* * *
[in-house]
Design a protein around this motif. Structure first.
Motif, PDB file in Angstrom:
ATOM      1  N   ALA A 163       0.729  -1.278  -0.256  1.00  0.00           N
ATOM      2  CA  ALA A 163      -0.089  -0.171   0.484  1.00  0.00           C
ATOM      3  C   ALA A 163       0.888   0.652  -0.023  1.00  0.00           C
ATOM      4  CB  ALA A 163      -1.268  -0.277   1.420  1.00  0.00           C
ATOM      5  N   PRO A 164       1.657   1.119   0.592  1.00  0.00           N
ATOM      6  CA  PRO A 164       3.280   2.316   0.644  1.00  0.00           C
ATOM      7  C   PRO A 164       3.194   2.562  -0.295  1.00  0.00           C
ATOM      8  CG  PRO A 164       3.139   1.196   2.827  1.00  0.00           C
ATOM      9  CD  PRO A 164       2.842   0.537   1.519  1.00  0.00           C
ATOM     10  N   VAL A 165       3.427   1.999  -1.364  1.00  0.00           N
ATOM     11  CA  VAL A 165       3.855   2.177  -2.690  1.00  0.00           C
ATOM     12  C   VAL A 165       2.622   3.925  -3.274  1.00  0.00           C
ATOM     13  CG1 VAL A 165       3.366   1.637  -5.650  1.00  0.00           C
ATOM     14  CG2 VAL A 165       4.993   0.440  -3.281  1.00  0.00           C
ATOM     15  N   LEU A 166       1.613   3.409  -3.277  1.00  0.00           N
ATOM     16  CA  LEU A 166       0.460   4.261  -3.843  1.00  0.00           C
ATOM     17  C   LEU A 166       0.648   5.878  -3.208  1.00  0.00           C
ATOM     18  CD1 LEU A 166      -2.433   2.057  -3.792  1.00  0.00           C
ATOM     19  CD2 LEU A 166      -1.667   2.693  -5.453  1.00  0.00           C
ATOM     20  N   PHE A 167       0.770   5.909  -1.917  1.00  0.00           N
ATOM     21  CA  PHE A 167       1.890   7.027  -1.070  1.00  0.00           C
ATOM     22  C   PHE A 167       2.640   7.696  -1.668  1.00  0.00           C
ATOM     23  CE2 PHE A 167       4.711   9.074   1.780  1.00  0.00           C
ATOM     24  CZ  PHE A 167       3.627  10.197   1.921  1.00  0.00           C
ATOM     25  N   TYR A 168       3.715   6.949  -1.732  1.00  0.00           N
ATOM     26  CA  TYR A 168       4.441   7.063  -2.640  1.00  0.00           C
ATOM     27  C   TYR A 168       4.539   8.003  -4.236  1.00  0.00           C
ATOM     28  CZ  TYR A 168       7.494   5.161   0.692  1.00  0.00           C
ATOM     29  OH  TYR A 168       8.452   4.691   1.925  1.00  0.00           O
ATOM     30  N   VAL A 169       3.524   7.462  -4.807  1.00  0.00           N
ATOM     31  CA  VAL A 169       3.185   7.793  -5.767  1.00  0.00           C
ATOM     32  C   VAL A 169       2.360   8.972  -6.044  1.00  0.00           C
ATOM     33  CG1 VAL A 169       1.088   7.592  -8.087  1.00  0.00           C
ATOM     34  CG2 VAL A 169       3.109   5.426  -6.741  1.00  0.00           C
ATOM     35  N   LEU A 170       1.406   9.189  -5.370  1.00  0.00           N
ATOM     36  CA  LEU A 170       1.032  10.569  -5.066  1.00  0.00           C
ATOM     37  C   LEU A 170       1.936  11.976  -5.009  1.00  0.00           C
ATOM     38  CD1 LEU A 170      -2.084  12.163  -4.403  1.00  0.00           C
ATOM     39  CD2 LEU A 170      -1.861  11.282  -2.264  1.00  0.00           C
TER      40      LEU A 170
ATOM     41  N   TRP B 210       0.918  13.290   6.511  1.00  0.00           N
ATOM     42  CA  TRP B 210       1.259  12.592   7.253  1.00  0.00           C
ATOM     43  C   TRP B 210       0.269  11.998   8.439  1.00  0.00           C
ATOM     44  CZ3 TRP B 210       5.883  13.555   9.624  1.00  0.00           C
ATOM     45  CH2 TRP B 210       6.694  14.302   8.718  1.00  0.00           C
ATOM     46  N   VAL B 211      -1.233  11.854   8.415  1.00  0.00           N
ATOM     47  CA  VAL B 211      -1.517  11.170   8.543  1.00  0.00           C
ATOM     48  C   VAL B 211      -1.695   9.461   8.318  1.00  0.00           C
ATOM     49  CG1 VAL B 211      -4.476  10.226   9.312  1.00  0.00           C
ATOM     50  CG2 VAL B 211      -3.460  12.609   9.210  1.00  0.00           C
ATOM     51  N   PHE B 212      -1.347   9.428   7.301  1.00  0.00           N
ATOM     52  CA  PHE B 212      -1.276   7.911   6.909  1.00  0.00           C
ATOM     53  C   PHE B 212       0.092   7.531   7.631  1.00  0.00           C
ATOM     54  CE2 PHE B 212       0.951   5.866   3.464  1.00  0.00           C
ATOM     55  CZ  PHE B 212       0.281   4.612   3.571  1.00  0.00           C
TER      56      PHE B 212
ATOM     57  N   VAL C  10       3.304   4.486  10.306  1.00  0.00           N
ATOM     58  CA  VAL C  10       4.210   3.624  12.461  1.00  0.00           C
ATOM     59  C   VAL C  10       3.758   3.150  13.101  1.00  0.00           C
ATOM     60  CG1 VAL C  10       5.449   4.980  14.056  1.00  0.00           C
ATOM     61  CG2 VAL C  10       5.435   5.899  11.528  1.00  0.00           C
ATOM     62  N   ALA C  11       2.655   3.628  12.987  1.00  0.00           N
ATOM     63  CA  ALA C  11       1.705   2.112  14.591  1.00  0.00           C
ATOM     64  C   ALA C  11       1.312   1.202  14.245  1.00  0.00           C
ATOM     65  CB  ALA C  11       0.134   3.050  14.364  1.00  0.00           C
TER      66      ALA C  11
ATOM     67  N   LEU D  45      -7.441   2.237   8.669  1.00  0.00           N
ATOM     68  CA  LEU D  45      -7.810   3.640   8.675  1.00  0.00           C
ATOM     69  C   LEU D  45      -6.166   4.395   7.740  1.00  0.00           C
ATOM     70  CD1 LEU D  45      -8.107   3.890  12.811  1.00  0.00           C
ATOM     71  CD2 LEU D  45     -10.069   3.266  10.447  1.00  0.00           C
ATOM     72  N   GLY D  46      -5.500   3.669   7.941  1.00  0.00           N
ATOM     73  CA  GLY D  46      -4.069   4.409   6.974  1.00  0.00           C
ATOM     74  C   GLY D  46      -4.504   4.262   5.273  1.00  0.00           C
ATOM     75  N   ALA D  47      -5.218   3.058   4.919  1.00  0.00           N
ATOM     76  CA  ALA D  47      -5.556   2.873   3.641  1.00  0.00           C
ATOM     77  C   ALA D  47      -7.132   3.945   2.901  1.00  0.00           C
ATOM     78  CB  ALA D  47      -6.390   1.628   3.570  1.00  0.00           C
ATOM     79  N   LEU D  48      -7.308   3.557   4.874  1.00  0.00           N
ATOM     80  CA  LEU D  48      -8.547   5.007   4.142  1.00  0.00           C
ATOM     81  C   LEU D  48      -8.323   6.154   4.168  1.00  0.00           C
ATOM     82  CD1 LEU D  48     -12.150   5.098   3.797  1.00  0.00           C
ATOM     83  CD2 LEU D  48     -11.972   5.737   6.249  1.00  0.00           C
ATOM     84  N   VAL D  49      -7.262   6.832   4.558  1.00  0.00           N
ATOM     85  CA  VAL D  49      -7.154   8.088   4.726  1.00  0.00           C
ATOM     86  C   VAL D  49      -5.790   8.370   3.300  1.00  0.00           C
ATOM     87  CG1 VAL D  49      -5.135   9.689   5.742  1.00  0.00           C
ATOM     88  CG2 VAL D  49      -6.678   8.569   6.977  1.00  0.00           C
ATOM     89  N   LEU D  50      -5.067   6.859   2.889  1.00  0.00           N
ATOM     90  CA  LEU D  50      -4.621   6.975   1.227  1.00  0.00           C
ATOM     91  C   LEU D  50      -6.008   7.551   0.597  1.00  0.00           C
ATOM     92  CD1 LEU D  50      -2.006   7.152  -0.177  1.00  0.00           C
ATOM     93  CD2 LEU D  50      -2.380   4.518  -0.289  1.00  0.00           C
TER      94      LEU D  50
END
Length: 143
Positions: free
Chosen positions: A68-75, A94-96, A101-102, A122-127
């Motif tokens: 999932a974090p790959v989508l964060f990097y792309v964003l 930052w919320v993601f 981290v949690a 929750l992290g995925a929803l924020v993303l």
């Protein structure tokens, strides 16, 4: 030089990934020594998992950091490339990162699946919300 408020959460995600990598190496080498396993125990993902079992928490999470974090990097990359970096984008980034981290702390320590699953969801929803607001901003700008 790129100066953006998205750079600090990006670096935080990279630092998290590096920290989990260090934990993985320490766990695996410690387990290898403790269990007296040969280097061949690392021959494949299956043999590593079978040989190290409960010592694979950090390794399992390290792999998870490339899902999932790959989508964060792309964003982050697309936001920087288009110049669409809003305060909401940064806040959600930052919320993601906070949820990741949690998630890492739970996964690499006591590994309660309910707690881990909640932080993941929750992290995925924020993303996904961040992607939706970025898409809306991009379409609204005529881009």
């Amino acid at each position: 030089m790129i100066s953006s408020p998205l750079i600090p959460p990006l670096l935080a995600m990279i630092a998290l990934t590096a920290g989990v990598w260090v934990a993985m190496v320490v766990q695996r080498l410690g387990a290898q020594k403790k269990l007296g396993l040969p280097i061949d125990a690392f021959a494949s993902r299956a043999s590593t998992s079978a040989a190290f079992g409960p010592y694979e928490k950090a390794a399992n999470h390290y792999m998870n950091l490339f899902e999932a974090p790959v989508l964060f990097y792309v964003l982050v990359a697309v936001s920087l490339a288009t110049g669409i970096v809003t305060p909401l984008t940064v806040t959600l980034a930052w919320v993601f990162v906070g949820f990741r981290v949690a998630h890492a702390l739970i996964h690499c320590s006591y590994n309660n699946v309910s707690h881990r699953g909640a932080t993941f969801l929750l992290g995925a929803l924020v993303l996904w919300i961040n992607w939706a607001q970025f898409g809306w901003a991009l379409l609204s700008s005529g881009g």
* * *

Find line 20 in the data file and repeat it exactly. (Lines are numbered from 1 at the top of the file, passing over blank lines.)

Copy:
ATOM     17  C   LEU A 166       0.648   5.878  -3.208  1.00  0.00           C